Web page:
I met Goddess Durga as an Army Wife in Bengal and the Gorkha Regiment

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The celebrations in Bengal were definitely very memorable as a perceptible aura of vivacity and verve presided over the holy and divine solemnity. Ladies dressed in their traditional attire of exquisite sarees with in their hair partings and a huge red dot, the bindi, on their intellectual foreheads made them look like goddesses to my wide eyed gaze. The Gorkha troops mainly hail from Nepal. They have an age traditional custom of animal sacrifice. Rango (male Buffaloes) and Khasi (goats) during the festival of Dusserha.

Lily walks down the memory lane to bring alive the festivity, in the Durga Puja special feature, exclusively in .

During my life as an officer’s wife I have travelled widely all over India and participated in numerous different cultural and religious ceremonies and festivities. The Durga Puja celebrations in Bengal were definitely very memorable as a perceptible aura of vivacity and verve presided over the holy and divine solemnity of the proceedings. Ladies dressed in their traditional attire of exquisite sarees with vermillion in their hair partings and a huge red dot, the bindi, on their intellectual foreheads made them look like goddesses to my wide eyed gaze.

The chirpiness seemed to overshadow the religiosity. It’s the time of much hugging and meeting with family and friends. The use of red colour is predominant and sensational. There is passion lurking in the divinity.  Each pandal, a marquee or enclosure where the brilliantly adorned statue of the goddess is kept on a high place for the worshippers to pay obeisance to, is the hub of much joy and bonhomie. Cultural activities take place near the goddess. Dance, drama and singing rule the roost. It’s more of s cultural extravaganza. The whole state seems to be on a roll! Clothes and jewels glisten and glitter and many a tender romance blossoms here.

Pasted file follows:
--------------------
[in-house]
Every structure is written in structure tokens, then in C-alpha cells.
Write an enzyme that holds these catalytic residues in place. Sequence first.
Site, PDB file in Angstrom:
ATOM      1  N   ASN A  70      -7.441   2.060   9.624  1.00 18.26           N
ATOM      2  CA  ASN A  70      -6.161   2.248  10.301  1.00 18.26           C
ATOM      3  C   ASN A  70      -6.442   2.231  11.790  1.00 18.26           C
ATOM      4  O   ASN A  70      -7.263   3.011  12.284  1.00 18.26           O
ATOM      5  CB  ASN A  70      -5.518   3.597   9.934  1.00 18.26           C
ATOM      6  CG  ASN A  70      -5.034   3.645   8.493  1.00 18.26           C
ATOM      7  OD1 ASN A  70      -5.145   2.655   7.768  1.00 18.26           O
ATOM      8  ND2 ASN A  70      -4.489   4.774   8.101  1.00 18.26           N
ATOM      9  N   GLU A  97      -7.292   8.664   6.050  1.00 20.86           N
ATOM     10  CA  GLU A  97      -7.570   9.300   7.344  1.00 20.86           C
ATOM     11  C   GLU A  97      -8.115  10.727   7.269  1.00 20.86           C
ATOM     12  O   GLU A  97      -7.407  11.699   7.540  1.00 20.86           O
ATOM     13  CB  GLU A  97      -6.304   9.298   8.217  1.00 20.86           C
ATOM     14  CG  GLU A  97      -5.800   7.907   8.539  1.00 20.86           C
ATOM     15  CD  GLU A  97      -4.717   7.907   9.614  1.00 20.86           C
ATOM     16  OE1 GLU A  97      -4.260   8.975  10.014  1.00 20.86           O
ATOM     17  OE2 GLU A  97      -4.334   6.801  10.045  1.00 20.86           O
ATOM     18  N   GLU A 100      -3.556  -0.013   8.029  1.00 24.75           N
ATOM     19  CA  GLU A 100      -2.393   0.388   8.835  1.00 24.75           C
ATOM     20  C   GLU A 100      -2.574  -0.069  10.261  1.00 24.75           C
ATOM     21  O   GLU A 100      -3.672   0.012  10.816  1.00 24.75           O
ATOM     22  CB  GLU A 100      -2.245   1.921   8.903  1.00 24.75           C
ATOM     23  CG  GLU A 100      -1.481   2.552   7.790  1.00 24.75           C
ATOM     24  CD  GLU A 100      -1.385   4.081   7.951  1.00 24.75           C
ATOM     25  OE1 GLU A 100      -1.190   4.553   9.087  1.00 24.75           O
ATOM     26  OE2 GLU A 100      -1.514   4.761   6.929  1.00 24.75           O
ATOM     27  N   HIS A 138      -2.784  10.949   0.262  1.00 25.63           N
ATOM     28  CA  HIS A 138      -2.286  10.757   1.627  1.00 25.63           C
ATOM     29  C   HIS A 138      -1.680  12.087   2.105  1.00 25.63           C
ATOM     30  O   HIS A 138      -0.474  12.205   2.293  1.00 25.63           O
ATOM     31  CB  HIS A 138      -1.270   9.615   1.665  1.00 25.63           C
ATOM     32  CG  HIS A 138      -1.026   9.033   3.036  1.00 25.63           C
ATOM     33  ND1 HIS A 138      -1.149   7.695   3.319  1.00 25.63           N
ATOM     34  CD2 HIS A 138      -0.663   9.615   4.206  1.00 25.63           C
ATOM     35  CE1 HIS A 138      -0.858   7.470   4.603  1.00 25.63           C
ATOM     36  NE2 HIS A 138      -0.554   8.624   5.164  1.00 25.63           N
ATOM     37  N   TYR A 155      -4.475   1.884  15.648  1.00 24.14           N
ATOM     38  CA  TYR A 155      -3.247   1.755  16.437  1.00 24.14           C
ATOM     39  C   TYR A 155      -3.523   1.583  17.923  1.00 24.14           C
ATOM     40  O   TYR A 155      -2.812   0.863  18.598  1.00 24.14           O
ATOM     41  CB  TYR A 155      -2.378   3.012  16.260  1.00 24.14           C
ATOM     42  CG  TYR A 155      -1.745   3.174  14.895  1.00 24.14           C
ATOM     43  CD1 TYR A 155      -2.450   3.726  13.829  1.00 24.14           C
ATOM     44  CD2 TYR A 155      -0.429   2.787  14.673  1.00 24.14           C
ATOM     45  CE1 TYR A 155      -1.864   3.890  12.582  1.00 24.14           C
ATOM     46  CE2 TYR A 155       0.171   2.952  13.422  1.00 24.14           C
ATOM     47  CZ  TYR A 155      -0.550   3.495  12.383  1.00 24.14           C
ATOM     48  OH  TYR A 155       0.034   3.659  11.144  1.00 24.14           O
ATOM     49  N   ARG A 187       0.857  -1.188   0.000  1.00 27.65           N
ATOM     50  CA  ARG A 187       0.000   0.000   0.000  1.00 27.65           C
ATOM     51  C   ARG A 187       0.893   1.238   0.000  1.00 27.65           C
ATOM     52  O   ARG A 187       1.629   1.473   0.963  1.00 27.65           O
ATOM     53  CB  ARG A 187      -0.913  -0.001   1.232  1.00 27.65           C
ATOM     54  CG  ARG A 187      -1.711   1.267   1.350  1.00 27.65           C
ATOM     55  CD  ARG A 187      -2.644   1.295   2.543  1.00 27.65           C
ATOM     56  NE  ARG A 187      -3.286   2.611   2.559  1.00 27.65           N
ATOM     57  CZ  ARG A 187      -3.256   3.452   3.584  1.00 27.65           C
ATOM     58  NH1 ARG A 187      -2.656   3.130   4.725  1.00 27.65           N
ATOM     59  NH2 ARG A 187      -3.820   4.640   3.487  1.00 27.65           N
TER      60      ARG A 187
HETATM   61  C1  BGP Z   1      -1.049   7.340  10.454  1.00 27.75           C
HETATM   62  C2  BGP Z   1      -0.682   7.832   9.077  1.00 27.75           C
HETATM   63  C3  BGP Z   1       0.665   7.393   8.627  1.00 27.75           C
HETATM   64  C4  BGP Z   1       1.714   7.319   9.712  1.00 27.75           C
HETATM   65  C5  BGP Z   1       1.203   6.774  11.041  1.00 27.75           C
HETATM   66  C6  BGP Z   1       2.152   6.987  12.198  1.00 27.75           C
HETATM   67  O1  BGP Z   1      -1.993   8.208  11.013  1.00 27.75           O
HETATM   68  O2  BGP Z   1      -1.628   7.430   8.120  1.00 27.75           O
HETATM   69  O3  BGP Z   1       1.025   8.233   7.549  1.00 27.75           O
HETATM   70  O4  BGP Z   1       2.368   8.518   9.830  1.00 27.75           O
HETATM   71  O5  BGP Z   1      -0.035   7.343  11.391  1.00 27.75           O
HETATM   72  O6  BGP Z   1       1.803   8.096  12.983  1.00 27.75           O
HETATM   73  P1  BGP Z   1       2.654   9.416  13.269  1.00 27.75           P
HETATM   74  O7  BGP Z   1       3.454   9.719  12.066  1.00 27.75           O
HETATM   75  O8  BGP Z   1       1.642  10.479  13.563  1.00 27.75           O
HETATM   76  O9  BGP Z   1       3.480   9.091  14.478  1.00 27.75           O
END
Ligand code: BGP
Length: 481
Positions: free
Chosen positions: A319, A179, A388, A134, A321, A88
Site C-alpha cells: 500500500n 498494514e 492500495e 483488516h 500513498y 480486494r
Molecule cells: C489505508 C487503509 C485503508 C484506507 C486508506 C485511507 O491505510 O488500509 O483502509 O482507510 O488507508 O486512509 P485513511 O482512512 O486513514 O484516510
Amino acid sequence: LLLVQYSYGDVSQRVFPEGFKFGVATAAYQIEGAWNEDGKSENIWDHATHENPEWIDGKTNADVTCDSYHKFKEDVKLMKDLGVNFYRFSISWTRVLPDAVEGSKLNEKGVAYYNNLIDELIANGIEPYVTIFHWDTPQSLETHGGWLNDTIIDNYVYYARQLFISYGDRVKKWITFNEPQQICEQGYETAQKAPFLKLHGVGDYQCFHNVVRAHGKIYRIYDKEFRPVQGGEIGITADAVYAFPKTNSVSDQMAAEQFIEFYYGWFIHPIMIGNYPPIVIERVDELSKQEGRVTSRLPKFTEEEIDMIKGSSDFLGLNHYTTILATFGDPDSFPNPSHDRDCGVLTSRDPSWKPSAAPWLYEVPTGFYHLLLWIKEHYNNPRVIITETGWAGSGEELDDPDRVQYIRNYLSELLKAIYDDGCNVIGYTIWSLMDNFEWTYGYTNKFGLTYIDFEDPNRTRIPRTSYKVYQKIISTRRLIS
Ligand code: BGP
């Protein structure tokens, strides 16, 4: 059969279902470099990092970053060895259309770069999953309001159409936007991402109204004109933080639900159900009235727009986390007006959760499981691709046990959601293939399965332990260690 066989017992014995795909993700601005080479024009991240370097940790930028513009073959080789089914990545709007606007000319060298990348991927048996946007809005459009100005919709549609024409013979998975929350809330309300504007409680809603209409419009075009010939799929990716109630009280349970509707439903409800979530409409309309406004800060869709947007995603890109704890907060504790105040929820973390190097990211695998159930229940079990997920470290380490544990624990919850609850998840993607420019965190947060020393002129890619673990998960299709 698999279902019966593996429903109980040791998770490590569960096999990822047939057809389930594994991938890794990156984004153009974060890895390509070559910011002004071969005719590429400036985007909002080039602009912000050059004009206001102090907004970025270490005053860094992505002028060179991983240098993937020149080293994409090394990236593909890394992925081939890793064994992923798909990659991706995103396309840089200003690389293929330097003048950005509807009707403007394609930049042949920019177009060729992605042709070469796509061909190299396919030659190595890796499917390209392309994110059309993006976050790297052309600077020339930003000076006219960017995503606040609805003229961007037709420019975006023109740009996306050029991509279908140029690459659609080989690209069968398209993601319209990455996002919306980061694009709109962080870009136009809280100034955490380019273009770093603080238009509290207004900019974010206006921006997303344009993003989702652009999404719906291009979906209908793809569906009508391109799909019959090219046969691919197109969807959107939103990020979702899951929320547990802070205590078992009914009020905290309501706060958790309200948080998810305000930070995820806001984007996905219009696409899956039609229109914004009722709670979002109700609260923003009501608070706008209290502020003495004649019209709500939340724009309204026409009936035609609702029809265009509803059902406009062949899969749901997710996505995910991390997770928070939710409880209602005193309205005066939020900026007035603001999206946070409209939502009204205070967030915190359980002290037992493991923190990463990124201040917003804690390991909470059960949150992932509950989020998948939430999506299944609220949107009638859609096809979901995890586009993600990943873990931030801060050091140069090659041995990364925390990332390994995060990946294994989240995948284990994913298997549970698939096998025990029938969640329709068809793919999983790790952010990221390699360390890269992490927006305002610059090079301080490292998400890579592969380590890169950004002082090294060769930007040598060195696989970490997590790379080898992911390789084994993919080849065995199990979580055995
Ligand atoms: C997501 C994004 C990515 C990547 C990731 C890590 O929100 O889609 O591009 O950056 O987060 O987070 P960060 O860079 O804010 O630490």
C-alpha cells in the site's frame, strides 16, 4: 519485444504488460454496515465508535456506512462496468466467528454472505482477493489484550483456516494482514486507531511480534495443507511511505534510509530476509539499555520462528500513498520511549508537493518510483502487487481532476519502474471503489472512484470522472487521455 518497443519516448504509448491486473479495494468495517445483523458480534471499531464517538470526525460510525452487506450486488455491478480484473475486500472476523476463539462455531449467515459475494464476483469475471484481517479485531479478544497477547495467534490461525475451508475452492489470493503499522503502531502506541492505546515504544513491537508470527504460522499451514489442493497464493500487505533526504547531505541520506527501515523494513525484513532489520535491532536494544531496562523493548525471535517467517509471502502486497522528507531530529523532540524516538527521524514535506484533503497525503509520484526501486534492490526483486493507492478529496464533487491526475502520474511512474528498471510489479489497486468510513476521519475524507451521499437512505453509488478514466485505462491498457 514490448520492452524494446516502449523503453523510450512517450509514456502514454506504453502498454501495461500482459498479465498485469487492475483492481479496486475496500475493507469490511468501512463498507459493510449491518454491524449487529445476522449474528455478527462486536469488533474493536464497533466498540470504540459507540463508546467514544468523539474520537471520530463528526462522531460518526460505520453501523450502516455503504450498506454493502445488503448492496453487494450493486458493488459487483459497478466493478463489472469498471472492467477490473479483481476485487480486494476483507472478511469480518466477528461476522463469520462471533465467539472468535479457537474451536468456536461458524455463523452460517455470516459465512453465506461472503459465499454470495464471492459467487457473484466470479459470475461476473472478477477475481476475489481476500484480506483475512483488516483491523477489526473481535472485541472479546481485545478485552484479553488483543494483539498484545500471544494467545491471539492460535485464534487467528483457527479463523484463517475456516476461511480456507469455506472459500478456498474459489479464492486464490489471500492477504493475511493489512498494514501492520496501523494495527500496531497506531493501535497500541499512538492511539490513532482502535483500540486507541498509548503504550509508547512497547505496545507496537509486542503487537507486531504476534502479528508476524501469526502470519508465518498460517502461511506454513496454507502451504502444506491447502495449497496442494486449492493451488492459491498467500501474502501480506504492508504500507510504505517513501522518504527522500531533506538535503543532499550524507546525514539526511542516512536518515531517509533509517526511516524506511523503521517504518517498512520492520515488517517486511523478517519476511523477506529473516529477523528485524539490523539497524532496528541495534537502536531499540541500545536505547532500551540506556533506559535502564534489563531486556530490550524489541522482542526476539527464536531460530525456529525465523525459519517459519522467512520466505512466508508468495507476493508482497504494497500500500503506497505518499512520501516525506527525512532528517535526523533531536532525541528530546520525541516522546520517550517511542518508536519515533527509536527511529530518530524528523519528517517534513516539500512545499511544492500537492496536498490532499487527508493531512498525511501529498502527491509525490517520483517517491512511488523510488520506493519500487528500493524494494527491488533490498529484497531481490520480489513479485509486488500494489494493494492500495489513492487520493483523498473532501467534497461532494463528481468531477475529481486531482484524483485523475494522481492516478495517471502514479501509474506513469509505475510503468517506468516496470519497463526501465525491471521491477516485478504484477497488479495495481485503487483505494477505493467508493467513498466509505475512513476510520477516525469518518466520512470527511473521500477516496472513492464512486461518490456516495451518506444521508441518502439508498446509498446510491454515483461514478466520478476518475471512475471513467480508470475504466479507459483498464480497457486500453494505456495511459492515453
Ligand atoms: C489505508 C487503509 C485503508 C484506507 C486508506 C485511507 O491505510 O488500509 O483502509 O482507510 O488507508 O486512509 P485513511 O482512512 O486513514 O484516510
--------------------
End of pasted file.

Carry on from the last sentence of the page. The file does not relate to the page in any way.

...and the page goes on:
I remember being deeply moved by the sounds of the drum beating near the statue of Ma Durga. It’s like a call for the devout along with being a devotional gesture of prayer. A puja that never leaves my mind is that of the Gorkha regiment, which was posted in our neighbourhood during one of our tenures. The Gorkha troops mainly hail from Nepal. They have an age old traditional custom of animal sacrifice. Rango (male Buffaloes) and Khasi (goats) during the festival of Dussehra. It is one of the most sacred festival of Nepal. It was incorporated in the list of festivities celebrated by the British Gorkha regiments, which later mostly stayed with India after partition.


During the fifties all the Gorkha regiments followed this custom. Two sacrifices were offered those days, on Kalratri and on Mahabalidan. It was essential to use one swipe only to sever the head with the traditional khukuri. The man, who did the job, went through rigorous training so that it was correctly performed. Ritual prayers were offered to the goddess seeking her blessings so that it went off well. It is said that blood had to be smeared on the face of the person if it could not be done in one blow. The regiment feared ill luck if the sacrifice was not offered as it should. Meat on hoof was offered as prasad too.

I was a witness to one such Dussehra. The government has told regiments to do away with it. Traditions are deep rooted and close to hearts and superstitions are potent. I think I will just wear a pretty red bindi and pray for peace on earth, instead! Jai Ma Durga!

©Lily Swarn

Pix from Net.

Lily Swarn

Lily Swarn

Lily Swarn won the Reuel International Prize for Poetry 2016, Global Poet of Peace and Universal Love, Global Icon of Peace from Nigeria, Virtuoso Award and Woman of Substance. A postgraduate in English from Panjab University, she taught at Sacred Heart College, Dalhousie. A gold medallist for Best All-round from GCG Chandigarh, she has University Colours for Dramatics. Widely published and interviewed, she authored, A Trellis of Ecstasy and Lilies of the Valley.
Lily Swarn

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